Mashadi Mirza Gafar Ismayilov Student of Hajibababayov. In 1868 – 1898 years he mainly did private practice. Prolific architect and a great graphic designers.[18] House in Tazapirskaya Street (1885), two-storied house in Surakhanskaya Street (1886), two-storied house in Kolyubakinskaya Street (1887), two-storied house in Gubernskaya Street (1887), one-storied house in Persidskaya Street (1887), two-storied house in Tazapirskaya Street (1898), two-storied house in Nikolayevskaya Street (1890) etc.[18]
Born 1868 Akhaltsikhe, Georgia – died Soviet Union 1938. Of Armenian descent, he graduated with honors from St. Petersburg Institute of Civil Engineering in 1893.[32] He eventually became the first Prime Minister of Armenia in 1918.[33] Built a hospital, apartment houses, a hotel in Balakhany, and assisted in the construction of the Saint Thaddeus and Bartholomew Armenian Cathedral.[32]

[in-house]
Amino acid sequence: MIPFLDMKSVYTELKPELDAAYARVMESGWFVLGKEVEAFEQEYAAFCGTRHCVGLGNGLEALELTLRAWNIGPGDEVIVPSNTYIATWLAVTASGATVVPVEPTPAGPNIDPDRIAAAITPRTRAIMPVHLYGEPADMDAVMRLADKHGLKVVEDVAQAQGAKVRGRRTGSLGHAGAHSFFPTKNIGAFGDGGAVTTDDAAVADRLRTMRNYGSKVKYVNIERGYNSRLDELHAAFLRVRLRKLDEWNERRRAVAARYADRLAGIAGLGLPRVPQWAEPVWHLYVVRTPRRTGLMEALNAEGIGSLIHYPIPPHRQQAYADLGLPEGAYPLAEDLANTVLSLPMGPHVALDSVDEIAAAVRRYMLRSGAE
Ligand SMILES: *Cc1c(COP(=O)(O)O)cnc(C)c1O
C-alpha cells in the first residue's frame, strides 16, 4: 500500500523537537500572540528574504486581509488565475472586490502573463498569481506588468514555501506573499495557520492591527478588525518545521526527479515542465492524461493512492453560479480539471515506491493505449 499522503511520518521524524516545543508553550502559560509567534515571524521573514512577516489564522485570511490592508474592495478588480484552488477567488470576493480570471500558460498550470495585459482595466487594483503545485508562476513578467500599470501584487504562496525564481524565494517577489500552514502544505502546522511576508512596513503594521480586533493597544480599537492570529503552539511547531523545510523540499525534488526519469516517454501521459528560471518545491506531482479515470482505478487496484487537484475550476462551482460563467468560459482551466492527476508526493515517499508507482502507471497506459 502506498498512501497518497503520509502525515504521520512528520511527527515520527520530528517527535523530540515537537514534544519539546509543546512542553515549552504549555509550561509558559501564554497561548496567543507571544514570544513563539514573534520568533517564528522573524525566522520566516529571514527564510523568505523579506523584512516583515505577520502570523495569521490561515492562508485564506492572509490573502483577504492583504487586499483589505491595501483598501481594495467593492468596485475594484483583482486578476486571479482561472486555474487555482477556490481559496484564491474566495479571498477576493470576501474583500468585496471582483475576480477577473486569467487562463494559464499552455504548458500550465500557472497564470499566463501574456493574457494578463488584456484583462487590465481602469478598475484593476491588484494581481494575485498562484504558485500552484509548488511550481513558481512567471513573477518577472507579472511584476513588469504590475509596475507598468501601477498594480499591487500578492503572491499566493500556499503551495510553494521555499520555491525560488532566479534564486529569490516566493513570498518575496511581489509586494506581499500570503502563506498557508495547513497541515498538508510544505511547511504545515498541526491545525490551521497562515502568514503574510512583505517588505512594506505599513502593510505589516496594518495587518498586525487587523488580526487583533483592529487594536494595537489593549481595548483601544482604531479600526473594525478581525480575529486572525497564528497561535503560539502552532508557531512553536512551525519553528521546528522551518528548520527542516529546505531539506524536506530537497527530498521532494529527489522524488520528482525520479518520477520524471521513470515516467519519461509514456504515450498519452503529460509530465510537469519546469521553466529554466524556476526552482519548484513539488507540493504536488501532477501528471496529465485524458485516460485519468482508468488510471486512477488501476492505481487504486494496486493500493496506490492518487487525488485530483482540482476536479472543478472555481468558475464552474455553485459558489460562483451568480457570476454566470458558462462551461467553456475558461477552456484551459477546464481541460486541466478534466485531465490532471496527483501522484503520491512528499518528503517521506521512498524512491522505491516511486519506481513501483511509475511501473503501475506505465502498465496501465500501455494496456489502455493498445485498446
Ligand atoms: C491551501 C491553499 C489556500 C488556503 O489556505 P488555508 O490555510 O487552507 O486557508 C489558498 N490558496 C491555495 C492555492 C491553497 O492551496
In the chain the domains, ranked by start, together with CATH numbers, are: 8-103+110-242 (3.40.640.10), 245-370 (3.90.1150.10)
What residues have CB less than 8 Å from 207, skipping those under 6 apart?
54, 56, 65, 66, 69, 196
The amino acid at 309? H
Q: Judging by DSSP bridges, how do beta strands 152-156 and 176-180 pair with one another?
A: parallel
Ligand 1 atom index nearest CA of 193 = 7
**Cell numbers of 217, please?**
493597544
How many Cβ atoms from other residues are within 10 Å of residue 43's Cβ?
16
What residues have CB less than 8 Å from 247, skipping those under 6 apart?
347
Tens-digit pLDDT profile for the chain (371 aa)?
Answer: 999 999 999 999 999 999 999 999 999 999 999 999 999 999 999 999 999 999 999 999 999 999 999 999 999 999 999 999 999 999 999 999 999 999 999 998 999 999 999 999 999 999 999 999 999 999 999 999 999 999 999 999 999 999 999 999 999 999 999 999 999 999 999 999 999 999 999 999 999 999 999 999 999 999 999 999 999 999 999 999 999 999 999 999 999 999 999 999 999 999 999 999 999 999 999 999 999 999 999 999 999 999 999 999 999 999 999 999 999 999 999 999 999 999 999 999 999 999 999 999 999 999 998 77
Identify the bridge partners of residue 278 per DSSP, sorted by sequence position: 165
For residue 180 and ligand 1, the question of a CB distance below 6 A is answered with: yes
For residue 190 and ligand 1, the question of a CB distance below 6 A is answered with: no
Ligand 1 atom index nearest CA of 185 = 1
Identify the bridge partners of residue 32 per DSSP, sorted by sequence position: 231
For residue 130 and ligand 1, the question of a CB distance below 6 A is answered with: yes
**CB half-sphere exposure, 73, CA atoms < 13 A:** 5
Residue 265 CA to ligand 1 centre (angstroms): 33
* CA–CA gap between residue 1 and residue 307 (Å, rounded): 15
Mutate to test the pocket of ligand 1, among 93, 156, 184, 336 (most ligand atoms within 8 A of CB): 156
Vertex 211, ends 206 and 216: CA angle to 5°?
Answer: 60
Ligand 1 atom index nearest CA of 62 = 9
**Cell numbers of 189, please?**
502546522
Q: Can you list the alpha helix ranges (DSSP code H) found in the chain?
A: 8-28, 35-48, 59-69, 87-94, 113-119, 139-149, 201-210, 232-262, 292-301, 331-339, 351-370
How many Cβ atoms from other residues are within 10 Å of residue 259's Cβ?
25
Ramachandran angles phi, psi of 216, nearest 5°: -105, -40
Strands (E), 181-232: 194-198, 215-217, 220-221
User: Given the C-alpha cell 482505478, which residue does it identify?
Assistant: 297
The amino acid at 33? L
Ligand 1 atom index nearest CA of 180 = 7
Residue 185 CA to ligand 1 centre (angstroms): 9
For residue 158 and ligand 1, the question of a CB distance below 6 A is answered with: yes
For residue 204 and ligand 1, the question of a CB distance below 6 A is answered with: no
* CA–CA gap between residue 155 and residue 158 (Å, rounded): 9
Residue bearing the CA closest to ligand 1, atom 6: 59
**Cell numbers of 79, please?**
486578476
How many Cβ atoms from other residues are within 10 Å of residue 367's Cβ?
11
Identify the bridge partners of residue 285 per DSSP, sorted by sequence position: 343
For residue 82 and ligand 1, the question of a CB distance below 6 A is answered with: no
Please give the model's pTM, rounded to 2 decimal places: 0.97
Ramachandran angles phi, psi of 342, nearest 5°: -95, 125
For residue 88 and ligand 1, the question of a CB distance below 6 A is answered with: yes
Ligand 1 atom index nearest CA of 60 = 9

Talat Khanlarov Born 1927. Academician of Academy of Science of Azerbaijan, Honored Architect of Azerbaijan (1975), Vice-President of the International Academy of Architecture of the East.[12] The building of Heydar Aliyev Sports and Exhibition Complex (with Tahir Abdullayev and Y. Qadimov), Imam Rza mosque in Sabunchi district, mosque in Narimanov district, the building of Memar Əcəmi metro station.[12]
Hasan Mejidov The building of the Museum center.
Born 1836 — died 1906. He was a German civil architect. Nikolaus von der Nonne is best known for building the first building of National Art Museum of Azerbaijan in Baku.